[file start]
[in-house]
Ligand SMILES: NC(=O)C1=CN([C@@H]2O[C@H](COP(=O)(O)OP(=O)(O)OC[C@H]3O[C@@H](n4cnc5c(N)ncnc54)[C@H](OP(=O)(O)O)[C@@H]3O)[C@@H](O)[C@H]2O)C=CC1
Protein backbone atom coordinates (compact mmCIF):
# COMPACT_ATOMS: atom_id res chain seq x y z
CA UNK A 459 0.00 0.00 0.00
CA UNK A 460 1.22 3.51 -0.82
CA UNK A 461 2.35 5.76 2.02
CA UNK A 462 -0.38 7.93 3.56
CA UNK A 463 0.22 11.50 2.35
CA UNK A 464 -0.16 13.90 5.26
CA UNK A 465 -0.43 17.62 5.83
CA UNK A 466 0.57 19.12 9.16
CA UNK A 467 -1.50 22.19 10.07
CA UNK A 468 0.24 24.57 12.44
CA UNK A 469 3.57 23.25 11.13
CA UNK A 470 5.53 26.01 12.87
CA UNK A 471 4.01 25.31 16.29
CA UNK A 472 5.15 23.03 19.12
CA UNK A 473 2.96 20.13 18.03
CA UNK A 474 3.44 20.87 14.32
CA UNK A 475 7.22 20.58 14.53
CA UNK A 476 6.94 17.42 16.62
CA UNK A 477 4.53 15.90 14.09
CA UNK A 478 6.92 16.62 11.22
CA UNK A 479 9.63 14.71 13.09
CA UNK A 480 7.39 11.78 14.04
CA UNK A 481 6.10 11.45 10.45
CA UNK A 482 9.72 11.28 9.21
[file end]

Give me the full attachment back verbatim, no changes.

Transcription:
[in-house]
Ligand SMILES: NC(=O)C1=CN([C@@H]2O[C@H](COP(=O)(O)OP(=O)(O)OC[C@H]3O[C@@H](n4cnc5c(N)ncnc54)[C@H](OP(=O)(O)O)[C@@H]3O)[C@@H](O)[C@H]2O)C=CC1
Protein backbone atom coordinates (compact mmCIF):
# COMPACT_ATOMS: atom_id res chain seq x y z
CA UNK A 459 0.00 0.00 0.00
CA UNK A 460 1.22 3.51 -0.82
CA UNK A 461 2.35 5.76 2.02
CA UNK A 462 -0.38 7.93 3.56
CA UNK A 463 0.22 11.50 2.35
CA UNK A 464 -0.16 13.90 5.26
CA UNK A 465 -0.43 17.62 5.83
CA UNK A 466 0.57 19.12 9.16
CA UNK A 467 -1.50 22.19 10.07
CA UNK A 468 0.24 24.57 12.44
CA UNK A 469 3.57 23.25 11.13
CA UNK A 470 5.53 26.01 12.87
CA UNK A 471 4.01 25.31 16.29
CA UNK A 472 5.15 23.03 19.12
CA UNK A 473 2.96 20.13 18.03
CA UNK A 474 3.44 20.87 14.32
CA UNK A 475 7.22 20.58 14.53
CA UNK A 476 6.94 17.42 16.62
CA UNK A 477 4.53 15.90 14.09
CA UNK A 478 6.92 16.62 11.22
CA UNK A 479 9.63 14.71 13.09
CA UNK A 480 7.39 11.78 14.04
CA UNK A 481 6.10 11.45 10.45
CA UNK A 482 9.72 11.28 9.21